Research on Grime’s Graves
Both antiquarian activity and modern research have helped to build an understanding of this (currently) unique late Neolithic flint mine. A number of research questions remain to be answered, however, mainly about the life of the miners, and the distribution of the tools that were made at Grime’s Graves.
The earliest known excavations occurred in 1852, when the Revds ST Pettigrew and CR Manning dug several pits. In 1866 Manning returned and excavated others, but these ‘diggings’ mistakenly excavated only the upper fills of the shafts and halted at the first evidence of hearths. The shafts were consequently misinterpreted as Iron Age sunken huts.
This hypothesis was overturned by Canon William Greenwell in 1868–70, when he proved for the first time the existence anywhere in the UK of Neolithic deep-shaft mining.
Excavations resumed in 1914, when the Prehistoric Society of East Anglia excavated Pits 1 and 2 to test the then recently proposed theory that flint mining was Palaeolithic in origin. However, little evidence was found to support this idea.
During the interwar years many excavations took place, particularly those by AL (Leslie) Armstrong, which culminated in the excavation of Pit 15 in 1939 and the discovery of a chalk ‘goddess’ at the base of the shaft. Since this appeared to echo the style of Palaeolithic carvings, it could be seen to support a Palaeolithic date for the mines. However, the weight of evidence by this time pointed to a Neolithic date, and it seems most likely from the context of the discovery that the ‘goddess’ was actually a forgery.
The Mercer project provided much useful information on the structure and content of two shafts, and a particularly detailed analysis of the stone tools and the by-products of how they were made.
The British Museum project reopened Greenwell’s Pit and others, recorded their structures and provided useful insights into the mining process. It also usefully assessed the assemblages from new and previous excavations.
In the 21st century two ground-penetrating radar projects have produced much new information about the scale and extent of mining activity on site. A doctoral thesis by Barry Bishop at the University of York has further explored the environs of the site and demonstrated that much new evidence lies beyond the limits of the earthworks.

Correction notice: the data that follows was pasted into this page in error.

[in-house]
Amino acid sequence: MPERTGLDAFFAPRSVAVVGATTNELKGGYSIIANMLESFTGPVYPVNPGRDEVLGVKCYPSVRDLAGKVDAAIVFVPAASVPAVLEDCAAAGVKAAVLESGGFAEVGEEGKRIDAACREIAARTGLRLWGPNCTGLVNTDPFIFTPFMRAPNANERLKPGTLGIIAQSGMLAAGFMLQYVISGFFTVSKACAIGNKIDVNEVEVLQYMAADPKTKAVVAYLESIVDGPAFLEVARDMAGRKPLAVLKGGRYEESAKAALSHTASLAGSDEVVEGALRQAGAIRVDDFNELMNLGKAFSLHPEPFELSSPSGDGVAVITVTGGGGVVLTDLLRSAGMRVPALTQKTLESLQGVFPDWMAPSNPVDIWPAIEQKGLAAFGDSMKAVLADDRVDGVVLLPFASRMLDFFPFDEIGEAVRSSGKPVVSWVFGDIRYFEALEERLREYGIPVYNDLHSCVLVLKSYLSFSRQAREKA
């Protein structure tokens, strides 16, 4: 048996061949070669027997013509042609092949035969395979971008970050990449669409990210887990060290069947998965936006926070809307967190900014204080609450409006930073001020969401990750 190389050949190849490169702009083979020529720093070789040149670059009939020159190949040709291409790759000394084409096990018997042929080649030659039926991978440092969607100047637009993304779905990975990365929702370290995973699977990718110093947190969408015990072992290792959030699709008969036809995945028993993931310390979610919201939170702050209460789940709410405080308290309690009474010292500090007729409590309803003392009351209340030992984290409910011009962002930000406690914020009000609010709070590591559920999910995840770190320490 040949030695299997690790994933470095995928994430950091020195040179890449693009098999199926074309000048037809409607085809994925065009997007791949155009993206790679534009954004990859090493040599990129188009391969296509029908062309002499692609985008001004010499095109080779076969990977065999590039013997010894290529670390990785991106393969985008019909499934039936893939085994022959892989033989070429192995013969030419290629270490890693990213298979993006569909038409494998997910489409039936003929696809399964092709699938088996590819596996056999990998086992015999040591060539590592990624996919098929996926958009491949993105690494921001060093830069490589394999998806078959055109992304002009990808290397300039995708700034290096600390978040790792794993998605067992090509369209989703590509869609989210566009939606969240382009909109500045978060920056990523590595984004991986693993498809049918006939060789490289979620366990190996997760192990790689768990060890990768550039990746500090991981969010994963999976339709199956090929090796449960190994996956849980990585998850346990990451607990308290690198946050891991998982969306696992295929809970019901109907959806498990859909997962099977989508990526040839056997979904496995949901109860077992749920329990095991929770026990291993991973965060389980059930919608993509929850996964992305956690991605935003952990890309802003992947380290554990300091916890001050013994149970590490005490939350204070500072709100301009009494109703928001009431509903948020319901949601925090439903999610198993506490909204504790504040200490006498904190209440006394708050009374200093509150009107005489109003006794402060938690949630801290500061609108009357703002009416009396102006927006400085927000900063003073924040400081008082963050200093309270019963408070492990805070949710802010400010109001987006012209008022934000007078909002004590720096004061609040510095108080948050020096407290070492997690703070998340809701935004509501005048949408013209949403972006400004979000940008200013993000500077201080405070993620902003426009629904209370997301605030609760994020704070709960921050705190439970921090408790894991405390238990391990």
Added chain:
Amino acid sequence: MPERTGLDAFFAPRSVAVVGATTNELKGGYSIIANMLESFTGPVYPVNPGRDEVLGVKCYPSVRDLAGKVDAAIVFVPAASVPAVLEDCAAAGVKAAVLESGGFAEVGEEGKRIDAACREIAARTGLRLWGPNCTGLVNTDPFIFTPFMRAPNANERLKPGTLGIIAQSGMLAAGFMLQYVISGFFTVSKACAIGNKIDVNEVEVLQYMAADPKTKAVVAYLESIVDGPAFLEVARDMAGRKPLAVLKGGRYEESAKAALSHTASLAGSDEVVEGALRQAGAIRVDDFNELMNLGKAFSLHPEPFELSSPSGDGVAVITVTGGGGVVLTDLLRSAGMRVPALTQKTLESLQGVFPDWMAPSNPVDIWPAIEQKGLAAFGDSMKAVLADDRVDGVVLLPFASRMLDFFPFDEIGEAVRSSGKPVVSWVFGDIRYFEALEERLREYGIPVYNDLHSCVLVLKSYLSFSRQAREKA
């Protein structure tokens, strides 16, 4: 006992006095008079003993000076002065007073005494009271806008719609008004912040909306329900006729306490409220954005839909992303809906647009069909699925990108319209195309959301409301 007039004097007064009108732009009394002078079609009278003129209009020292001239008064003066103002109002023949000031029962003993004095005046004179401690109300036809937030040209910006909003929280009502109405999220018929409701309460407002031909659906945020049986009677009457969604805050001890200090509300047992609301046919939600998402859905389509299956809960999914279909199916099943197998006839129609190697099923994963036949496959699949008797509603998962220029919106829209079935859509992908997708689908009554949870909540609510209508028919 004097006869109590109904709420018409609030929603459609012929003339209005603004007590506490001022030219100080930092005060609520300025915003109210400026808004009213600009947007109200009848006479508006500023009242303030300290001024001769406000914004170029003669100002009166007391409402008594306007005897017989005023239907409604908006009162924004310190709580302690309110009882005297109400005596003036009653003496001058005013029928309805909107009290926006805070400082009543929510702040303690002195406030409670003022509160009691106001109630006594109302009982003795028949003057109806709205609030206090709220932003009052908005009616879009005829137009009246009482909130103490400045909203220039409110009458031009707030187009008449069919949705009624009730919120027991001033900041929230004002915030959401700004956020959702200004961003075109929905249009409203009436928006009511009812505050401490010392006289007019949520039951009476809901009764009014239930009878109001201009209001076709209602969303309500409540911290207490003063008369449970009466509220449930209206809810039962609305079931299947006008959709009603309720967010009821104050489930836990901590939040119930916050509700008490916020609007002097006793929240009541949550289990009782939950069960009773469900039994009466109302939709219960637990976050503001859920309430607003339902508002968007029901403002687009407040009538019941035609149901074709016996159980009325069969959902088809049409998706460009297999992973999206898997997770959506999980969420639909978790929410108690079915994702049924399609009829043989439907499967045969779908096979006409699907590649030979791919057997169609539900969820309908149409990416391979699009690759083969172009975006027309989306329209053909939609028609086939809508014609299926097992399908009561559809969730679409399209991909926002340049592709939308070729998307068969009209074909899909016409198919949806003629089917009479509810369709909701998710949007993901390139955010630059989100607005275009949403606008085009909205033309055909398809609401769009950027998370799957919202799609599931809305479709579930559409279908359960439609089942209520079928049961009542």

Gaps in Current Knowledge
- The detail of the environmental context of flint mining is poorly understood, and currently relies upon outdated evidence or samples taken from shaft fills. This may have produced a biased result that does not reflect the wider landscape setting.
- There is currently little evidence of the location or nature of the form of settlement or temporary camp inhabited by the Neolithic miners, either among the earthworks or on their periphery.
- Little is known about the miners, their origin or their lifestyle.
- The lack of precision in sourcing flint tools makes it difficult to identify with any real precision the extent of the distribution patterns of flint tools originating from Grime’s Graves, or indeed any of the other flint mines.
- The recent identification of evidence for early Bronze Age mining requires further study to determine its nature and extent across the site, and whether it also occurred at the early Neolithic mines on the South Downs.
READ MORE ABOUT GRIME'S GRAVES
1. W Greenwell, ‘On the opening of Grime’s Graves in Norfolk’, Journal of the Ethnological Society of London, new series, 2 (1870), 419–39 (accessed 1 Sept 2015).
2. WG Clarke, Report on the Excavations at Grime’s Graves, Weeting, Norfolk, March–May 1914 (London, 1915).
3. Publications by AL Armstrong in the Proceedings of the Prehistoric Society of East Anglia include: ‘Flint-crust engravings, and associated implements from Grime’s Graves, Norfolk’, 3 (1921), 434–43; ‘The Grime’s Graves problem in the light of recent research’, 5 (1927), 91–136; ‘The Percy Sladen Trust excavations, Grime’s Graves, Norfolk: interim report, 1927–1932’, 7 (1934), 57–61; and ‘Grime’s Graves, Norfolk: report on the excavation of Pit 12’, 7 (1934), 382–94.
4. I Longworth, A Herne, G Varndell and S Needham, Excavations at Grimes Graves, Norfolk, 1972–1976, Fascicule 3: Shaft X: Bronze Age Flint, Chalk and Metal Working (London, 1991); I Longworth and G Varndell, Excavations at Grimes Graves, Norfolk, 1972–1976, Fascicule 5: Mining in the Deeper Mines (London, 1996).
5. RJ Mercer, Grimes Graves, Norfolk: Excavations 1971–72, volume 1 (London, 1981).
6. J Clutton-Brock, Excavations at Grimes Graves, Norfolk, 1972–1976, Fascicule 1: Neolithic Antler Picks from Grimes Graves, Norfolk, and Durrington Walls, Wiltshire: a Biometrical Analysis (London, 1984); AJ Legge, Excavations at Grimes Graves, Norfolk, 1972–1976, Fascicule 4: Animals, Environment and the Bronze Age Economy (London, 1992); I Longworth, A Ellison and V Rigby, Excavations at Grimes Graves, Norfolk, 1972–1976, Fascicule 2: The Neolithic, Bronze Age and Later Pottery (London, 1988); Longworth et al, op cit; Longworth and Varndell, op cit; I Longworth, G Varndell and J Lech, Excavations at Grimes Graves, Norfolk, 1972–1976, Fascicule 6: Exploration and Excavation Beyond the Deep Mines (London, 2012).
7. NT Linford, L Martin and J Holmes, Grime's Graves, Norfolk: Report on Geophysical Survey, November 2007, English Heritage Research Report 64/2009 (Swindon, 2009) (accessed 1 Sept 2015).
8. B Bishop, ‘Grimes Graves environs survey’, PhD thesis, University of York, Department of Archaeology (2013).
9. F Healy et al, Grime's Graves, Weeting-with-Broomhill, Norfolk: Radiocarbon Dating and Chronological Modelling, English Heritage Research Report 27/2014 (Swindon, 2014) (accessed 18 Aug 2016).